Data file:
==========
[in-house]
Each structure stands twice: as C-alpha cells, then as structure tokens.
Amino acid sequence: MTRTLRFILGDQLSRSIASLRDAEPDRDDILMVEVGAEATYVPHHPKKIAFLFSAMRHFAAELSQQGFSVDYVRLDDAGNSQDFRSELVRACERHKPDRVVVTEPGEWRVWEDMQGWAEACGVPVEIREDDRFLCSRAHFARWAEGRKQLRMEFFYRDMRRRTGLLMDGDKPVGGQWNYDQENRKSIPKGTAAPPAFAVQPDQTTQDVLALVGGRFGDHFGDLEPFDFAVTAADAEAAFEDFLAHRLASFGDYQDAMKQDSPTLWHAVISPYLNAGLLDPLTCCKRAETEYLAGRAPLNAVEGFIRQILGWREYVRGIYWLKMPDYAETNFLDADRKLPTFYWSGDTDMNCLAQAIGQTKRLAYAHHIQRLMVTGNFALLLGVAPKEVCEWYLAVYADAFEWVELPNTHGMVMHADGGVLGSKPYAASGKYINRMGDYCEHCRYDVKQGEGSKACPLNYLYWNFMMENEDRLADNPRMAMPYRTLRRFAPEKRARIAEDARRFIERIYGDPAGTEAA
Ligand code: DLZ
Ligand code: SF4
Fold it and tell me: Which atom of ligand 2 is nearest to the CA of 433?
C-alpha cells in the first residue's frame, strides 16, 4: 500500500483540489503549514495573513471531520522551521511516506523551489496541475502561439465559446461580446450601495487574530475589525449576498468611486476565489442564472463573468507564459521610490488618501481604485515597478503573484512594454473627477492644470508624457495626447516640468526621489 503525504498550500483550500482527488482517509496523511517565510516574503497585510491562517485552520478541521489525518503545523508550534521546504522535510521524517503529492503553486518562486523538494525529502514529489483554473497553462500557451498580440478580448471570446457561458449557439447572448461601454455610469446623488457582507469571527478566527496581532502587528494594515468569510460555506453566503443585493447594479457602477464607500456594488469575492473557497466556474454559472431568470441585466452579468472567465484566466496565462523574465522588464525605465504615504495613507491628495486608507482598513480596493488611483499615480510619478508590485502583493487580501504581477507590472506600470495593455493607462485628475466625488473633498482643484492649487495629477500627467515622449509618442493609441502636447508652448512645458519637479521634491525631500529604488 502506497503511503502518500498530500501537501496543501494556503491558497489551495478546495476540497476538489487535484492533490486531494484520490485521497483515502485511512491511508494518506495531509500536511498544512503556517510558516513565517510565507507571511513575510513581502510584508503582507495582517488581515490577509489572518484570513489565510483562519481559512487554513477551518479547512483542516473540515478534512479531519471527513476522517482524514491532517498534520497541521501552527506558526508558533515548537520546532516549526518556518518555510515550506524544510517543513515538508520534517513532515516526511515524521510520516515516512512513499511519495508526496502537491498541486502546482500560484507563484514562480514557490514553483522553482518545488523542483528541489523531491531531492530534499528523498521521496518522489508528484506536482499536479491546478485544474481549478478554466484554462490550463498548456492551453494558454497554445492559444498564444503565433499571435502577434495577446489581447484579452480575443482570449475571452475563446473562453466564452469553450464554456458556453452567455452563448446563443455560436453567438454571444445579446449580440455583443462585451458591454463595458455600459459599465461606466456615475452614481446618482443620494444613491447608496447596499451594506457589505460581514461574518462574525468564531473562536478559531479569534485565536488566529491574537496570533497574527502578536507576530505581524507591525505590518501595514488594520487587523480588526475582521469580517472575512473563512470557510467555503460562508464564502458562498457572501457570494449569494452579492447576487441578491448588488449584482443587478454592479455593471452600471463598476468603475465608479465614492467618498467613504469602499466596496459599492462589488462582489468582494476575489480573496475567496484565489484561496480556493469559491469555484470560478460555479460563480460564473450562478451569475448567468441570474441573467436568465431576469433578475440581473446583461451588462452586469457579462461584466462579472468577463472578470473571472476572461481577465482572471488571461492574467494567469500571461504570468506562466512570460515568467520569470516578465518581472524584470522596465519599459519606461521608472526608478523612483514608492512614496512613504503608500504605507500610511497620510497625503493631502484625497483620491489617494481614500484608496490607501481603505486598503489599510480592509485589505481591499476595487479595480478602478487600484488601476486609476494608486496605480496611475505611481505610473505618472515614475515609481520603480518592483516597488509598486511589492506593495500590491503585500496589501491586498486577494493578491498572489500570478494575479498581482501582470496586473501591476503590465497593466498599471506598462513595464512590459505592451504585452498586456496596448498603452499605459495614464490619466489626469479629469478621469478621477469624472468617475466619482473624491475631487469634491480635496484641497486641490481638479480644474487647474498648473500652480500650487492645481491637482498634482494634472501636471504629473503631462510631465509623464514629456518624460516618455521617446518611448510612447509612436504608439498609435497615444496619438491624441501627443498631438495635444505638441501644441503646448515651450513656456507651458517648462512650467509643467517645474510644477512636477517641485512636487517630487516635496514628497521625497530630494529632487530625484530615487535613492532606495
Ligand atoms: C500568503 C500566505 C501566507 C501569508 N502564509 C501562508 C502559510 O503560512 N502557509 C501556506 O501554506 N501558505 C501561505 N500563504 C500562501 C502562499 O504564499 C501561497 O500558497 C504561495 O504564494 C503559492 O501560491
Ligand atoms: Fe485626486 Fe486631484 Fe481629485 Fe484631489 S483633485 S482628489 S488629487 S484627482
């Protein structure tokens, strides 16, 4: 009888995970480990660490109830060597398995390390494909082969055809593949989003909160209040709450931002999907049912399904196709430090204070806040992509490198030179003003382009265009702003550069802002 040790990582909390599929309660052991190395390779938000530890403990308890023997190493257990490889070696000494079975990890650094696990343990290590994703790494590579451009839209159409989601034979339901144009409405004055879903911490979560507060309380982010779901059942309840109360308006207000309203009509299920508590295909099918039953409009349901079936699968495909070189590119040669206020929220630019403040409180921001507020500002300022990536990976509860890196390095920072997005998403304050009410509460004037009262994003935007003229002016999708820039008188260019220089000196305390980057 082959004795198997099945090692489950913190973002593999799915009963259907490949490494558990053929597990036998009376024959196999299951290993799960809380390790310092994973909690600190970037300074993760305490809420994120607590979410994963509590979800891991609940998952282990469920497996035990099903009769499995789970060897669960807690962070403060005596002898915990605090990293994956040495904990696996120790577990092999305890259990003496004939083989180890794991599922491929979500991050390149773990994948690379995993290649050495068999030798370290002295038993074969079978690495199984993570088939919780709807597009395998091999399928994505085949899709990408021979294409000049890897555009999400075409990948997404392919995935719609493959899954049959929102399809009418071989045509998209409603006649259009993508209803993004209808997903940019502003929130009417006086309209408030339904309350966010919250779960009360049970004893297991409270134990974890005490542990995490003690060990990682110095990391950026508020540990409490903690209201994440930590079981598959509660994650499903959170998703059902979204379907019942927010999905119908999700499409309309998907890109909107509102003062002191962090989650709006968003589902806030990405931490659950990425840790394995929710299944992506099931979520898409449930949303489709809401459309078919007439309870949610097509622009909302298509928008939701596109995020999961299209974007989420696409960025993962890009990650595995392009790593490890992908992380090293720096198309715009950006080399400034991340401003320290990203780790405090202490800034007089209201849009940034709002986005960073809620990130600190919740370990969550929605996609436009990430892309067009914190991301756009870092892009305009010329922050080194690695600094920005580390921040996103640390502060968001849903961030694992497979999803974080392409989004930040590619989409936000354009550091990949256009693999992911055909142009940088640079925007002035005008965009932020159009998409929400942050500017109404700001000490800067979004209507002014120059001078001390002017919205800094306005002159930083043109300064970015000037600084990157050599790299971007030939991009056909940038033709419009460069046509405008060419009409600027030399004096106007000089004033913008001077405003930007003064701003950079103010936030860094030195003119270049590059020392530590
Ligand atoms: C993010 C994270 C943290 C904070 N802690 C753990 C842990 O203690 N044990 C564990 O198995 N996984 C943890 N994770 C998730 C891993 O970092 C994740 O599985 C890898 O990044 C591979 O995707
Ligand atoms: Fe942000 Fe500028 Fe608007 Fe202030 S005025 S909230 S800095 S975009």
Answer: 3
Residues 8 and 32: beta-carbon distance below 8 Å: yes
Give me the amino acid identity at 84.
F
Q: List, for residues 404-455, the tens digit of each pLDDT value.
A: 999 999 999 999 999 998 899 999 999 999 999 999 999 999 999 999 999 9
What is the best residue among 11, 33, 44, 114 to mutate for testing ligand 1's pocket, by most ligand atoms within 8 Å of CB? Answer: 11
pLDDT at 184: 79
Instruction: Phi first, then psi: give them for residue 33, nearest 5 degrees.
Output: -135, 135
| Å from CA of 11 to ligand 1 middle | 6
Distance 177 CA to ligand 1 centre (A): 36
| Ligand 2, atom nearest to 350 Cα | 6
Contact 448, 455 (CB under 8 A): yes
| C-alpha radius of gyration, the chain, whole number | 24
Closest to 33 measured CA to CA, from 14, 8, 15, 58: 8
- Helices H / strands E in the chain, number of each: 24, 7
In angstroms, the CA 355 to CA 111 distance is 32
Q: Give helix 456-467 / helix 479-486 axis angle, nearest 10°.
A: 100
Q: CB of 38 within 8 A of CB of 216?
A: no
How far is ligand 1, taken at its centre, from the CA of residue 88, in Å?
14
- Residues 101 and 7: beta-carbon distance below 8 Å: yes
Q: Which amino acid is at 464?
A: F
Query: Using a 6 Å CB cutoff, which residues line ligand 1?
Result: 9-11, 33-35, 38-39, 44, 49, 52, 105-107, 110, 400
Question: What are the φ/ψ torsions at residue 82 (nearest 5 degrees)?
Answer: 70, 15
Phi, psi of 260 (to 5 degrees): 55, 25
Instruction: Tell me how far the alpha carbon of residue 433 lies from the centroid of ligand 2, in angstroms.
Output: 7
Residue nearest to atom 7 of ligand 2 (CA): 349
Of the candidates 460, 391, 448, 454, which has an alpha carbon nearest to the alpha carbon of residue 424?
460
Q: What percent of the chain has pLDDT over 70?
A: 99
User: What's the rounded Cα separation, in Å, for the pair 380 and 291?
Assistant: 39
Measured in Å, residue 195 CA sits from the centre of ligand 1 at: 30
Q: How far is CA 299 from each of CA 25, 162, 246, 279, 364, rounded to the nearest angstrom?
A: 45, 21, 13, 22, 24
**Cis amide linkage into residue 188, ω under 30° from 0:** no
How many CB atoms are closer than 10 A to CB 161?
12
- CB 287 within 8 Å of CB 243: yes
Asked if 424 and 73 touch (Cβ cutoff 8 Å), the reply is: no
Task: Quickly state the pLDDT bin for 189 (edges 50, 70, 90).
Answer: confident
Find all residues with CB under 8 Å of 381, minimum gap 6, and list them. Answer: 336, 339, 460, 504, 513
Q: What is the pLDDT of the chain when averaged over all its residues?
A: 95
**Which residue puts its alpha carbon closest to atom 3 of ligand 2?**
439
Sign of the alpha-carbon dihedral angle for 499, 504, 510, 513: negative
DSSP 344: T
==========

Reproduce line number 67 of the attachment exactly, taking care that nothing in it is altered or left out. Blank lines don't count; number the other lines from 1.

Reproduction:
**Which residue puts its alpha carbon closest to atom 3 of ligand 2?**